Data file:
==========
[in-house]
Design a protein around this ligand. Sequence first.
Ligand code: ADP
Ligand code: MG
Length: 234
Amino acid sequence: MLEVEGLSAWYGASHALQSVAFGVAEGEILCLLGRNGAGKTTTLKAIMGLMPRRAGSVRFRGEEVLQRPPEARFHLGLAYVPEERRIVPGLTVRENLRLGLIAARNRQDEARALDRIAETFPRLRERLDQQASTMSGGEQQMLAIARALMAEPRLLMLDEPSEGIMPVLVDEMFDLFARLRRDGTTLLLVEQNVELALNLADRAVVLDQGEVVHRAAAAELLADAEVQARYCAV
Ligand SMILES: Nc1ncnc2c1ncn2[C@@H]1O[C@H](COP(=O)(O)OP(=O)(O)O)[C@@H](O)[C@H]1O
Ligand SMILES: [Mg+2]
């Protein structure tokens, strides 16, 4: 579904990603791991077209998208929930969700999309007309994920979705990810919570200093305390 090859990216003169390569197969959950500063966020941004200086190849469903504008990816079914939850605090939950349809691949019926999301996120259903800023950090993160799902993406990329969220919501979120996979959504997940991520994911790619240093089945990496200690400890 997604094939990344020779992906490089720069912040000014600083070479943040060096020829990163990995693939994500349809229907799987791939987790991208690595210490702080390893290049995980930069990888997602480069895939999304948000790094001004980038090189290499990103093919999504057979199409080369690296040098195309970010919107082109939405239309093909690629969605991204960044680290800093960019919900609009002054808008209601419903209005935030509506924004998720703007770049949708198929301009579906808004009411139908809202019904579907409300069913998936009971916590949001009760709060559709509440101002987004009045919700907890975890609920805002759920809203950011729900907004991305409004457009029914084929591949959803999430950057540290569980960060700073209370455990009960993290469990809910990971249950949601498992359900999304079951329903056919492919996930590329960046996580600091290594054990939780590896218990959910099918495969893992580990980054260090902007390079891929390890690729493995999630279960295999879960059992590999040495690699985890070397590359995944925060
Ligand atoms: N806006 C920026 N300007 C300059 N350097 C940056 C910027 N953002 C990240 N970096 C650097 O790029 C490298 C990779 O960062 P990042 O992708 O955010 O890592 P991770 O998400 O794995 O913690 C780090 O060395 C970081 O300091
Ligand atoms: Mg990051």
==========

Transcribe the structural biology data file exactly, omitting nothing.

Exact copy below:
[in-house]
Design a protein around this ligand. Sequence first.
Ligand code: ADP
Ligand code: MG
Length: 234
Amino acid sequence: MLEVEGLSAWYGASHALQSVAFGVAEGEILCLLGRNGAGKTTTLKAIMGLMPRRAGSVRFRGEEVLQRPPEARFHLGLAYVPEERRIVPGLTVRENLRLGLIAARNRQDEARALDRIAETFPRLRERLDQQASTMSGGEQQMLAIARALMAEPRLLMLDEPSEGIMPVLVDEMFDLFARLRRDGTTLLLVEQNVELALNLADRAVVLDQGEVVHRAAAAELLADAEVQARYCAV
Ligand SMILES: Nc1ncnc2c1ncn2[C@@H]1O[C@H](COP(=O)(O)OP(=O)(O)O)[C@@H](O)[C@H]1O
Ligand SMILES: [Mg+2]
């Protein structure tokens, strides 16, 4: 579904990603791991077209998208929930969700999309007309994920979705990810919570200093305390 090859990216003169390569197969959950500063966020941004200086190849469903504008990816079914939850605090939950349809691949019926999301996120259903800023950090993160799902993406990329969220919501979120996979959504997940991520994911790619240093089945990496200690400890 997604094939990344020779992906490089720069912040000014600083070479943040060096020829990163990995693939994500349809229907799987791939987790991208690595210490702080390893290049995980930069990888997602480069895939999304948000790094001004980038090189290499990103093919999504057979199409080369690296040098195309970010919107082109939405239309093909690629969605991204960044680290800093960019919900609009002054808008209601419903209005935030509506924004998720703007770049949708198929301009579906808004009411139908809202019904579907409300069913998936009971916590949001009760709060559709509440101002987004009045919700907890975890609920805002759920809203950011729900907004991305409004457009029914084929591949959803999430950057540290569980960060700073209370455990009960993290469990809910990971249950949601498992359900999304079951329903056919492919996930590329960046996580600091290594054990939780590896218990959910099918495969893992580990980054260090902007390079891929390890690729493995999630279960295999879960059992590999040495690699985890070397590359995944925060
Ligand atoms: N806006 C920026 N300007 C300059 N350097 C940056 C910027 N953002 C990240 N970096 C650097 O790029 C490298 C990779 O960062 P990042 O992708 O955010 O890592 P991770 O998400 O794995 O913690 C780090 O060395 C970081 O300091
Ligand atoms: Mg990051």